If you were ever to face a lawsuit, only the assets of the restaurant would be at risk, as opposed to your personal effects. Better still, you don't have to comply with the strict board and shareholder requirements of a corporation, equity and profits can be divided in whichever way you want.

 

 

 

 

3. Secure Funding for Your Restaurant

 

This is where the quality of your business plan will give you an advantage. Once you've got your business legally set up, it's time to go out and seek investment in your new restaurant concept. The amount of money you will require will depend on which type of restaurant you're looking to launch, how much work your facility may need to get it ready, and whether you've already secured kitchen equipment, amongst many other factors. 

 

There are many options for fundraising. You can start with friends and family, before graduating to loan applications or lines of credit with your bank. It's also a good idea to partner up with an experienced restauranteur who has both the liquidity and knowledge to help you get off the ground. Finally, in some locations, there are government grants for new businesses for which your restaurant might be eligible.

 

 

 

4. Secure a Location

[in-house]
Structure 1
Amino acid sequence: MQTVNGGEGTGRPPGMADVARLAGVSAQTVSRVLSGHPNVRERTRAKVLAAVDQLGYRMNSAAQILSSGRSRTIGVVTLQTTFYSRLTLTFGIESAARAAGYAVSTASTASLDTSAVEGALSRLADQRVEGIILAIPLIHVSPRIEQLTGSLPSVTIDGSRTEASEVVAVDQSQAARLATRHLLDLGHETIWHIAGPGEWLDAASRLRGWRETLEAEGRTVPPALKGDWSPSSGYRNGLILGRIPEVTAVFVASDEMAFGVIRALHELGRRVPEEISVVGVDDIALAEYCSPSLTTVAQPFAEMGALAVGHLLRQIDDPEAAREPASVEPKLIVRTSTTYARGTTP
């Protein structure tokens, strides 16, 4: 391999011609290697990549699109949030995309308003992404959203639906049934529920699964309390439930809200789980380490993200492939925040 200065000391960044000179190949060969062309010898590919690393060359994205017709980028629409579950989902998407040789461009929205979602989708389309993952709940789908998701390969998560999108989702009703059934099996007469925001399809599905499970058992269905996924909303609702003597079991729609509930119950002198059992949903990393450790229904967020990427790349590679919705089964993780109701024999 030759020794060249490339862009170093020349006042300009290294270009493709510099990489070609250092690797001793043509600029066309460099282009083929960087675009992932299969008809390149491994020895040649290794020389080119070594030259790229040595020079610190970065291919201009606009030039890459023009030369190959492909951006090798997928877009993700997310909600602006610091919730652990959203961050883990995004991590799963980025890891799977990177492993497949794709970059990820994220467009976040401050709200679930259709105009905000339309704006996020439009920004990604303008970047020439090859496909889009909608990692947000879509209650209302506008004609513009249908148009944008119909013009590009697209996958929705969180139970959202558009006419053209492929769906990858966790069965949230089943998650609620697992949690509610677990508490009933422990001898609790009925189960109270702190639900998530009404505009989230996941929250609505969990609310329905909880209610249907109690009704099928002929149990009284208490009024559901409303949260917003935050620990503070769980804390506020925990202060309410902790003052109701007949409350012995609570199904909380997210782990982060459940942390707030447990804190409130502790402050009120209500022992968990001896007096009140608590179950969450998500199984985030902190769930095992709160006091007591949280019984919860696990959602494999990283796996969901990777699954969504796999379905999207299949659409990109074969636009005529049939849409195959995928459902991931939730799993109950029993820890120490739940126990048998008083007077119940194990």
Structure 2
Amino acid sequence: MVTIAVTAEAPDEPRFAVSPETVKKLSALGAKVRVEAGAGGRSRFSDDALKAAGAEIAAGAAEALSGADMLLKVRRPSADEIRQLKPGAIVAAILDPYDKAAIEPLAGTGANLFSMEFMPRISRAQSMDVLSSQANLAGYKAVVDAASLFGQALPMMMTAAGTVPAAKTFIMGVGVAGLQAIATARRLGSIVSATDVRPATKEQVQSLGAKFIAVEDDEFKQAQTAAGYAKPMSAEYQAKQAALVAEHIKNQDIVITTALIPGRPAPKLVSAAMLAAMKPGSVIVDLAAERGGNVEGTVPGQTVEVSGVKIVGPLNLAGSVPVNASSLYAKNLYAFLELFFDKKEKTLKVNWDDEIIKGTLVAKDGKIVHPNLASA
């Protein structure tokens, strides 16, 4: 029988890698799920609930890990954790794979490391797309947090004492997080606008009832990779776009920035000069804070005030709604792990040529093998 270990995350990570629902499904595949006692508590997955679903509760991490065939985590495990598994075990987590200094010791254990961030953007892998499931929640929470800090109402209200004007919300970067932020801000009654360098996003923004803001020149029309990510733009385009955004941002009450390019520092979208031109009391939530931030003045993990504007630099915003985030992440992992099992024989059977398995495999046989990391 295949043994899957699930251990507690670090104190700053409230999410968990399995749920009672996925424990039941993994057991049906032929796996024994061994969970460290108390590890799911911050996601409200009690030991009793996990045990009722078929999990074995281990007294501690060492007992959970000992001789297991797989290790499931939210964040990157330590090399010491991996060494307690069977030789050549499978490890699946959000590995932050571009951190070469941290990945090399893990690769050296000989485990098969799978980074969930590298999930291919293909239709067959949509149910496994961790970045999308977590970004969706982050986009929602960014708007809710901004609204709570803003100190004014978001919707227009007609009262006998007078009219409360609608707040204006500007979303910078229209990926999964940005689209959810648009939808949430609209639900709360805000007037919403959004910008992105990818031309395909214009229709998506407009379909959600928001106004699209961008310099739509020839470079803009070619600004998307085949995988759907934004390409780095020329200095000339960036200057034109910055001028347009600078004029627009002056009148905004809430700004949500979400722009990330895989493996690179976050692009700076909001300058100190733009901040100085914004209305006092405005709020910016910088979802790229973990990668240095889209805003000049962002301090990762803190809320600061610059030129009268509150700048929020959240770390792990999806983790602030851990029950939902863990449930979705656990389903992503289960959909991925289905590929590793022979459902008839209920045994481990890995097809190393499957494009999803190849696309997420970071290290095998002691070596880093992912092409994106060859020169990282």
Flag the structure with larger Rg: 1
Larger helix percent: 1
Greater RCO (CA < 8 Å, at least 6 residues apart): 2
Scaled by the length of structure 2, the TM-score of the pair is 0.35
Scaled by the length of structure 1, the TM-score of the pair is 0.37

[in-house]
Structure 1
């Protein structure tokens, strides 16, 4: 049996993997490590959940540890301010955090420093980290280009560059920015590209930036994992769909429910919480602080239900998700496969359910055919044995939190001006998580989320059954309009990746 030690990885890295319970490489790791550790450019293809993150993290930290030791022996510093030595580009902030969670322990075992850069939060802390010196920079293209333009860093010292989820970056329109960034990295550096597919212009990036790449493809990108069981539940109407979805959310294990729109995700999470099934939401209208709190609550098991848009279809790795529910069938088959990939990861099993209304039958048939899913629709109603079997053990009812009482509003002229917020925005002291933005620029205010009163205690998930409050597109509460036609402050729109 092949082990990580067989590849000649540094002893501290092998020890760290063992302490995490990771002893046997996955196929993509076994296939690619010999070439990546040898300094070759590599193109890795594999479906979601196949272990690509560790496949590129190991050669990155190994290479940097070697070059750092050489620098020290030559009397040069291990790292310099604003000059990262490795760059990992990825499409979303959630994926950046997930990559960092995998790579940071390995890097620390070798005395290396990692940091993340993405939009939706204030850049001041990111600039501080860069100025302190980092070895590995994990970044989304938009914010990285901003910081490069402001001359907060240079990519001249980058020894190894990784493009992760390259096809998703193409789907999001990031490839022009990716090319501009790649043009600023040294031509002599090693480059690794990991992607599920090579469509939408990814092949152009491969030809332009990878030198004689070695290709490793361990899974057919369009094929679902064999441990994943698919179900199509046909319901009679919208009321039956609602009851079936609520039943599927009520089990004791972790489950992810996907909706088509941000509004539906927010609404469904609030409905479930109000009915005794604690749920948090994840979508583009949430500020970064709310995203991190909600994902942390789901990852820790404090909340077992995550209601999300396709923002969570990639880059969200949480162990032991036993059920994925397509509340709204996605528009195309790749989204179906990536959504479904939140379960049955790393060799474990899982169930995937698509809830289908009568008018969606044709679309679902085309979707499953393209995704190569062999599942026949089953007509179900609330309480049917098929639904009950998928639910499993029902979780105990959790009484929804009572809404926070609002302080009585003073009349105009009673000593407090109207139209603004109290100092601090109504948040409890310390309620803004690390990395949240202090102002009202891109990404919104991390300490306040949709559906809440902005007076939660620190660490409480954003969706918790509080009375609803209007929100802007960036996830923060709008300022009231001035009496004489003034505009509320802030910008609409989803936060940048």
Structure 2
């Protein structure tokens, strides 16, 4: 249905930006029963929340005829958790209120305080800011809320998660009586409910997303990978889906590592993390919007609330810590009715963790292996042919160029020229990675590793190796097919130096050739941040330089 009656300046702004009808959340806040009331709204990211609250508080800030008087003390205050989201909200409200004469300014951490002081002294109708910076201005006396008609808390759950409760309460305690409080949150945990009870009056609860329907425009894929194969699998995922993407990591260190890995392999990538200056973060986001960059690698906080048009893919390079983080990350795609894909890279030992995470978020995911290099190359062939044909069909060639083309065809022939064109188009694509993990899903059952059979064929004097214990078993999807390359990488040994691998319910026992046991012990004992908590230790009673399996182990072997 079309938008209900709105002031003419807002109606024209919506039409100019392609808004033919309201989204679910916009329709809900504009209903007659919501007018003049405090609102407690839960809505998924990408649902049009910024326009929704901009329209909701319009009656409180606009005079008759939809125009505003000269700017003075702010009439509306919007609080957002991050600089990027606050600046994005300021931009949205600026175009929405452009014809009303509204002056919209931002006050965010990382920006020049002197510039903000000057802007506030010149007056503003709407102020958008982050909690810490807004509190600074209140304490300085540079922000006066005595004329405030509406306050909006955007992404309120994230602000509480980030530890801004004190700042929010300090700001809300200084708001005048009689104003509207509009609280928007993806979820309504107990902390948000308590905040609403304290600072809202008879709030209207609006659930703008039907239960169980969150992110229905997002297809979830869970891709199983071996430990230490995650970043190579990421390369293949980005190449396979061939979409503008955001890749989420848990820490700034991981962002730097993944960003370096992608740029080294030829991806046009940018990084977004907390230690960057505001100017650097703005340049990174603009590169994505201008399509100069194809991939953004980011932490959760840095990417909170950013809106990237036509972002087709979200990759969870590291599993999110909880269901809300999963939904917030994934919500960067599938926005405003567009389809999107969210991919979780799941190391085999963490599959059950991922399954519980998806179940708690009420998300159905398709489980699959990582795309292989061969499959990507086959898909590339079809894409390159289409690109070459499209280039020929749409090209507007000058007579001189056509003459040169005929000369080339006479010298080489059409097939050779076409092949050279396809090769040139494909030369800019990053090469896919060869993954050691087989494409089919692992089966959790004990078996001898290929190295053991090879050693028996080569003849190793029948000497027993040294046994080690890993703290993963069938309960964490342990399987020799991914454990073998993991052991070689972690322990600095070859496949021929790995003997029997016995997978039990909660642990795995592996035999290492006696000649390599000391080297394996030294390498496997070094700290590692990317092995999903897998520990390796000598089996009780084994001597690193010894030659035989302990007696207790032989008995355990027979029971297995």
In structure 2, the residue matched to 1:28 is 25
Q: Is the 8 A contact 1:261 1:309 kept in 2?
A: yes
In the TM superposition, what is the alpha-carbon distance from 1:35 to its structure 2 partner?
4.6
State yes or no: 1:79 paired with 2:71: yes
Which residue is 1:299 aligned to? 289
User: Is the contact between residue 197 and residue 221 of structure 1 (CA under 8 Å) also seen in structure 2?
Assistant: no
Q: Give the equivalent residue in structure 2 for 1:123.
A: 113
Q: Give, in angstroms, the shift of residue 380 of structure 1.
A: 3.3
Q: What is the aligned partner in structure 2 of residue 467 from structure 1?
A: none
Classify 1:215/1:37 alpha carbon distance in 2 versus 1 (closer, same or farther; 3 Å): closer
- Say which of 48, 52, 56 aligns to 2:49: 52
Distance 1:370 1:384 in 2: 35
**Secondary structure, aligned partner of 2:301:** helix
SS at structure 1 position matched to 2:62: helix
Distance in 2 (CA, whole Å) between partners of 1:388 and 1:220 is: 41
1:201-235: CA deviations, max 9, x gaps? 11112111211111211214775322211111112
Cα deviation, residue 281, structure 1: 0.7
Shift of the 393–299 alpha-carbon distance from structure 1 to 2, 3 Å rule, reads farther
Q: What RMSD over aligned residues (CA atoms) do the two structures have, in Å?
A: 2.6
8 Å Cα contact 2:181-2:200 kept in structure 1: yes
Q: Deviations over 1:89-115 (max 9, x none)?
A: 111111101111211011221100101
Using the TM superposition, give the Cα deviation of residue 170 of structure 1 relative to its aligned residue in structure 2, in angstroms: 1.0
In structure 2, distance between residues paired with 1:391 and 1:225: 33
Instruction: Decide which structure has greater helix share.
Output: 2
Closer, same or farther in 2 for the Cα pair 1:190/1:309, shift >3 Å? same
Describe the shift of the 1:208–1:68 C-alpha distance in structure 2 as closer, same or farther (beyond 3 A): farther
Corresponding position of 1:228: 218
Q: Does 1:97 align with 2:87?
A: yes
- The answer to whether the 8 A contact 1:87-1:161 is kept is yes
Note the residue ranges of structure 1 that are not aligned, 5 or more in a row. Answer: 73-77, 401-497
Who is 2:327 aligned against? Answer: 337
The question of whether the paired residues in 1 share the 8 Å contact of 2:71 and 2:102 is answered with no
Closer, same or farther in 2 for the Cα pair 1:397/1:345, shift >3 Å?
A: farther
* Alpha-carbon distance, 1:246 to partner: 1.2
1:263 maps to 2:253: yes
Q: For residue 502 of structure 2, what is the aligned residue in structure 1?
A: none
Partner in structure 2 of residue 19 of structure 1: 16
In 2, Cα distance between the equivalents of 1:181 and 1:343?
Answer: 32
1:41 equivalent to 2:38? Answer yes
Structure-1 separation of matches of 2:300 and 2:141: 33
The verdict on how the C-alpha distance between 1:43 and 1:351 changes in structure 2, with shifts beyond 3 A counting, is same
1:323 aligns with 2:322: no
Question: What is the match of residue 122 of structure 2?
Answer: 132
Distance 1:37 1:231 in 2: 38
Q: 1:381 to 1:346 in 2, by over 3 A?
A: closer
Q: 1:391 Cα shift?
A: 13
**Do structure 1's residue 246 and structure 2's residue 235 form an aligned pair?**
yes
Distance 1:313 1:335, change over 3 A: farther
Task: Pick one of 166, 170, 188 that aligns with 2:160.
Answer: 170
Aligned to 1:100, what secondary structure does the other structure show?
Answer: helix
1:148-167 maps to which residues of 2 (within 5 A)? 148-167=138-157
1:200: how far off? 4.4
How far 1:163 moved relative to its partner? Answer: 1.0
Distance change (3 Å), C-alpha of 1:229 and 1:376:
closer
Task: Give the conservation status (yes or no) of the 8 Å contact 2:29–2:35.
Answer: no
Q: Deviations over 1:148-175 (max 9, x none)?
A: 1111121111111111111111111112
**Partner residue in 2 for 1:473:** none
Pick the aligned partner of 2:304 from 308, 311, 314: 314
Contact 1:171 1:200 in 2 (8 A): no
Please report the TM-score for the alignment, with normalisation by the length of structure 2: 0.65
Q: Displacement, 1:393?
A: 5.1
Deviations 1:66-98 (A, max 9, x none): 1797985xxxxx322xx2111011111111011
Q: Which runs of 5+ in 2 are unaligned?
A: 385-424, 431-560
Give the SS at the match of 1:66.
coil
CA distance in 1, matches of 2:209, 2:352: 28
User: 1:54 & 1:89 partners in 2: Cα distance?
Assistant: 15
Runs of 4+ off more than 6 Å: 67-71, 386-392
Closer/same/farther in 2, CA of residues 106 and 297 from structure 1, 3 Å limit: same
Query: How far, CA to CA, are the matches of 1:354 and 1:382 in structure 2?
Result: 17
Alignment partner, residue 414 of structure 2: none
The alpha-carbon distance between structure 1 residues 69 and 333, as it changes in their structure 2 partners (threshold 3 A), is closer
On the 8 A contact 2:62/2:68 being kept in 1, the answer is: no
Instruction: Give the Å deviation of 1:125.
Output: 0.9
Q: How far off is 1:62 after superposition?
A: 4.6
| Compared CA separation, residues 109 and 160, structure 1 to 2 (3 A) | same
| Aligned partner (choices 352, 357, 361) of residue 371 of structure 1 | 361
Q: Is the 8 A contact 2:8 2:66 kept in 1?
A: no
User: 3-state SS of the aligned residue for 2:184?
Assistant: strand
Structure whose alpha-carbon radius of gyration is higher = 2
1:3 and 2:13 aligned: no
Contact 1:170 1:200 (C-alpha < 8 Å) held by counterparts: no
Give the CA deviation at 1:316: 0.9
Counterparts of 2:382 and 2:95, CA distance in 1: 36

Securing a suitable location for your restaurant may not be as easy as you might think. Zoning restrictions prevent a lot of restaurants from popping up in underserved neighborhoods. Start by checking with your local Department of City Planning, to see if the locations you've singled out are off-limits due to zoning laws. 

 

Once you secure a location, double-check to make sure that a specific building has the necessary permissions for a restaurant in the style you're proposing. Next comes the tricky part, negotiating a lease. In these situations, it's helpful to lean on the expertise of a realtor or an attorney to discuss what the terms mean for your business. Once you've understood the landlord's proposals, you can negotiate more flexibility to protect your future business interests.   

 

5. Obtain the Necessary Permits and Licenses

 

Restaurants are some of the most regulated businesses in California, and there are several permits and licenses you're going to need before being able to open the doors. They include (but aren't limited to): 

 

  • Seller's Permit
  • Health Operational Permit
  • Food Safety Certification
  • Food Handler Permit
  • Sign License
  • Music License
  • Liquor License